SOC Forum 2017: How I Learned to Stop Worrying and Love Massive Malware Attacks

ID AVLEONOV:F09A435A973605134F0BDFE2DD8843B2
Type avleonov
Reporter Alexander Leonov
Modified 2017-11-22T20:59:09


Today I spoke at SOC Forum 2017 in Moscow. It was a great large-scale event about Security Operation Centers. 2,700 people registered. Lots of people in suits 😉 . And lots of my good fellows.

SOC Forum 2017 Alexander Leonov

The event was held in Radisson Royal Congress Park. There were three large halls for presentations and a huge space for exhibition/networking.

I would like to mention а stand of Positive Technologies. They have shown today their new PT Security Intelligence Portal with dashboards for executives and joint service with Solar Security for providing GosSOPKA functionality. Some stands were dedicated to Russian government Information Security initiatives: GosSOPKA, BDU FSTEC vulnerability database and FinCERT of the Central Bank of Russia.

During my presentation, I was talking how massive malware (ransomware) attacks can be useful for an organization. Quite a provocative topic, right? 😉 I meant it in the sense that all the hype around malware attack can help Information Security team to do the the following things:

  • Establish useful policies, like mandatory Windows host reboot after patch installation
  • Ban some convenient, but dangerous functionality, like smb file sharing between workstations
  • Implement useful processes, like system hardening (e.g. against mimikatz) or continuous processing of CERT (FinCERT) bulletins

All this actions may cause a highly negative reaction among employees. But when you have a fresh example of company highly damaged recently by some ransomware attack it will be much easier deal with all such reactions. But you should act fast, hype won't last long. 😉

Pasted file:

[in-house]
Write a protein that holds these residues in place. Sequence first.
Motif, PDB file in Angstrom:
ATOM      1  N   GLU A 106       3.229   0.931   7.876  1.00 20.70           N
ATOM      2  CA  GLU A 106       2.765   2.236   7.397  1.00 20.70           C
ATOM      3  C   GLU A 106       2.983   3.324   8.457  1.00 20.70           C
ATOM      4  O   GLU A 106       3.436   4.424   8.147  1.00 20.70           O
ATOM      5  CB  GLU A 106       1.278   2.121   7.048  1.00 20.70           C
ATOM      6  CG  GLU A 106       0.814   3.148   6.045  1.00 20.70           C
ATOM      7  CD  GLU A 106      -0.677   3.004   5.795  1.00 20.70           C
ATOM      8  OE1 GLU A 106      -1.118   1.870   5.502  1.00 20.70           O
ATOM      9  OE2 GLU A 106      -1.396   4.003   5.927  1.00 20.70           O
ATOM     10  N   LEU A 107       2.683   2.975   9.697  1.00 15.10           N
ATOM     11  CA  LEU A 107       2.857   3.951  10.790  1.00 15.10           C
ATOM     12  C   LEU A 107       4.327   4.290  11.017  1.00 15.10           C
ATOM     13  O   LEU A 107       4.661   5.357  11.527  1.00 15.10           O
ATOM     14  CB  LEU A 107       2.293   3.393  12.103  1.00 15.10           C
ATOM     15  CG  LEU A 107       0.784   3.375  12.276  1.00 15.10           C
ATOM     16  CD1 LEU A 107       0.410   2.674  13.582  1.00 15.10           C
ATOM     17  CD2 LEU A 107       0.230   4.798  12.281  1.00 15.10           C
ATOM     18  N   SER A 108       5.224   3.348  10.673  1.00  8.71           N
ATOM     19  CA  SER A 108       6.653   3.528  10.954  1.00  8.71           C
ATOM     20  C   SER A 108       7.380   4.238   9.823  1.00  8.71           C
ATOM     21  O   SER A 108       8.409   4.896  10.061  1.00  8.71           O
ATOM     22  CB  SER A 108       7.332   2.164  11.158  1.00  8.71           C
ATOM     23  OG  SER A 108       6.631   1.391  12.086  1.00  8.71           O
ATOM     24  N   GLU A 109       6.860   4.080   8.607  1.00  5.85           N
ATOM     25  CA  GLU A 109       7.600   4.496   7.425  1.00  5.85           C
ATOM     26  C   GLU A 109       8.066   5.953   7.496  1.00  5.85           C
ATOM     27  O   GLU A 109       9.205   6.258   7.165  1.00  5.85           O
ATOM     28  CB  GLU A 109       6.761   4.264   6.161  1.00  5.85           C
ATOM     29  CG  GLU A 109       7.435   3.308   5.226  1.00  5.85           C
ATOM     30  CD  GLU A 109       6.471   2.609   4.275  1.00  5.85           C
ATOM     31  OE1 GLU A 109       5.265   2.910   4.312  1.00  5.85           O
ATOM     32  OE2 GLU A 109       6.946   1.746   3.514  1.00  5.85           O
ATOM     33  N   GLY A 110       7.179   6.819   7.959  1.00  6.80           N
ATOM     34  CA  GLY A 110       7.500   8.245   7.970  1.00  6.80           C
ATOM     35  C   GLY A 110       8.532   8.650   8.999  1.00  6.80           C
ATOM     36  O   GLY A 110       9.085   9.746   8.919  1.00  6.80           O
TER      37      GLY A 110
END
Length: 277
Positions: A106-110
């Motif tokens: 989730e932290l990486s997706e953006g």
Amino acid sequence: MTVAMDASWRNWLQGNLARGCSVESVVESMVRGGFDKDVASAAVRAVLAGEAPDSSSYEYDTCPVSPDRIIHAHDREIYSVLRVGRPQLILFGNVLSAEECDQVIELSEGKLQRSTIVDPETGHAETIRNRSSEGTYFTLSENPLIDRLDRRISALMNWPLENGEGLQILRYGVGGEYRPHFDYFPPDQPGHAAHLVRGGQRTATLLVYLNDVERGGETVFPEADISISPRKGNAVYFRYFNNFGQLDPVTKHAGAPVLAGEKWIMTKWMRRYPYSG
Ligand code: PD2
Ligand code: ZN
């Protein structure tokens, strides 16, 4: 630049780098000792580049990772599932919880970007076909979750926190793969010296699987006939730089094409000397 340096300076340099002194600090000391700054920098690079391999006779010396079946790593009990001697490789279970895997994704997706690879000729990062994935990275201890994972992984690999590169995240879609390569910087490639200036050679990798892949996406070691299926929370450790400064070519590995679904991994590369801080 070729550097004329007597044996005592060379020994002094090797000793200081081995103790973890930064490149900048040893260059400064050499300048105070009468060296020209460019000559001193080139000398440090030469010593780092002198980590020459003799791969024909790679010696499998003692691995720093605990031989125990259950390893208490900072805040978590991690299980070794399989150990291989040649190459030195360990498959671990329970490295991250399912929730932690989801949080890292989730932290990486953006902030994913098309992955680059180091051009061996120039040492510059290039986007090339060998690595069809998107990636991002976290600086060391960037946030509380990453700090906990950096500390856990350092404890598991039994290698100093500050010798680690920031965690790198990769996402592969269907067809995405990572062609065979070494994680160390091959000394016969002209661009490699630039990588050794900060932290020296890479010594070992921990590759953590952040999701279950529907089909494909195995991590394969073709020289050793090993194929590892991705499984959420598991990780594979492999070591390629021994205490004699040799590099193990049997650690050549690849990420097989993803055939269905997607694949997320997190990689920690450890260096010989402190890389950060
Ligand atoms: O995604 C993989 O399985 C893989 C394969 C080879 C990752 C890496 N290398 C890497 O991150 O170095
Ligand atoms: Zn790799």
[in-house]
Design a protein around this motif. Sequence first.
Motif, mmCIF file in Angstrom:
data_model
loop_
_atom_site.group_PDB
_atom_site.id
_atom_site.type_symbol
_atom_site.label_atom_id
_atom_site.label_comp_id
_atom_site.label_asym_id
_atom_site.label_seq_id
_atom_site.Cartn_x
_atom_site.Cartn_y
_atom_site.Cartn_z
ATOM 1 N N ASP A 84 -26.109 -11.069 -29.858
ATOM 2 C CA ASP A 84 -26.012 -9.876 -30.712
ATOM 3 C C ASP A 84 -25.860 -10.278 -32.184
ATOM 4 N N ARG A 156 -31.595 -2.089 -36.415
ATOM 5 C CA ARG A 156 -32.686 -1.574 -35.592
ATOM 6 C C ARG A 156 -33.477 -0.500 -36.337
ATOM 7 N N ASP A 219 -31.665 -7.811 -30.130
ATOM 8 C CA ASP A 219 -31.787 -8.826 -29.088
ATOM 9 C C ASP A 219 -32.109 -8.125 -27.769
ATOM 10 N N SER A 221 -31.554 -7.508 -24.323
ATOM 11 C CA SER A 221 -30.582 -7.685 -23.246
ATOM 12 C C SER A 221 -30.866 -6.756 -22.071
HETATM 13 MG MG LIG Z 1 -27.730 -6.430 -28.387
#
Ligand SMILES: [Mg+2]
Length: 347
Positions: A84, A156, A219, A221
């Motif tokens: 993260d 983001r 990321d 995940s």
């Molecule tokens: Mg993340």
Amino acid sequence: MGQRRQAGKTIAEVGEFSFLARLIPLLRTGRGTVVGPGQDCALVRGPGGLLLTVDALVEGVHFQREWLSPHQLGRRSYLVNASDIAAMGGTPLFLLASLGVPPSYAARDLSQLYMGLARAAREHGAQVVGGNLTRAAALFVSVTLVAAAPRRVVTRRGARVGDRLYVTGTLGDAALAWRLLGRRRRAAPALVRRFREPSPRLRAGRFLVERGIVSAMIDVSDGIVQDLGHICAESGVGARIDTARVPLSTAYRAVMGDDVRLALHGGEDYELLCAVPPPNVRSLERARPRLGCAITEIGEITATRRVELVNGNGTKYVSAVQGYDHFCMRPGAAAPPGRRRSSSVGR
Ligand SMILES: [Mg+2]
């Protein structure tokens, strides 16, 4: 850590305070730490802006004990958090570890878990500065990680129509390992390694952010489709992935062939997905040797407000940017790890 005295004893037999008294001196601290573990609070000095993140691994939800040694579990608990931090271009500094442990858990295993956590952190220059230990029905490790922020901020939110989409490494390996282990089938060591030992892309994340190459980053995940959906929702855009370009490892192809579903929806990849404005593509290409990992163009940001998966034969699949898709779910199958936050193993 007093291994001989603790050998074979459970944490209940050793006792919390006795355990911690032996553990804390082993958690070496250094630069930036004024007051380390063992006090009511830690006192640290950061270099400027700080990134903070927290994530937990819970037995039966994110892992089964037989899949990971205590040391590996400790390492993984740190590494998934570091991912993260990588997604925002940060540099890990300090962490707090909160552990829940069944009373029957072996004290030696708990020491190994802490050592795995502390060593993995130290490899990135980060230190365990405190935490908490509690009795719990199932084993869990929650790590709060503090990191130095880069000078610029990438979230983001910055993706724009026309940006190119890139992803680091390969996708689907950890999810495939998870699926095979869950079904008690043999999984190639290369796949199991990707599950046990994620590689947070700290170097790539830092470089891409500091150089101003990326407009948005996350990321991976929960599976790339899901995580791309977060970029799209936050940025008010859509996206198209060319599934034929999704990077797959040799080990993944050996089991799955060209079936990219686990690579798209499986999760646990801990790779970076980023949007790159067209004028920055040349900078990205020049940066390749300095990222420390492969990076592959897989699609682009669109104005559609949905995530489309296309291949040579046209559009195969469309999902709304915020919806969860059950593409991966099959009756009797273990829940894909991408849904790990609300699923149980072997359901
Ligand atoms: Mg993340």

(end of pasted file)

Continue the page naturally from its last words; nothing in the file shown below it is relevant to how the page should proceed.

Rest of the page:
However it's a very bad practice to use the attacks for justifying a purchase of expensive "silver bullet" solution. There is no solution that will make your processes better.

I mentioned all three main ransomware attacks that happened this year and described why they are not very interesting from Vulnerability Management point of view. I also talked about problems of patching. You can read more about this in "WannaCry about Vulnerability Management", "Petya the Great and why they don’t patch vulnerabilities" and "Vulnerability Management vendors and massive Malware attacks (following the Bad Rabbit)".

I also used two slides from my "ISACA Moscow Vulnerability Management Meetup 2017" presentation about the kinds of relationships Information Security (Vulnerability Analysts) and IT can have, and how it can influence on effectiveness of Vulnerability Management program.

I would like to mention a great presentation by Mona Arkhipova "Measuring SOC efficiency: The devil is in the detail". Also a very interesting presentation that I unfortunately was unable to see, because it was hold at the same time as mine: Yuriy Bosov from Acribia "How can the analyst of SOC in 20 minutes determine which of the clients are in danger of a newly published vulnerability?" (rus). It was about pretty original way for vulnerability detection based on exploit analysis and Nmap NSE script generation.

EternalBlue NSE script

It was a nice event. Thanks to the organizers! Hope to visit SOC Forum 2018 next year.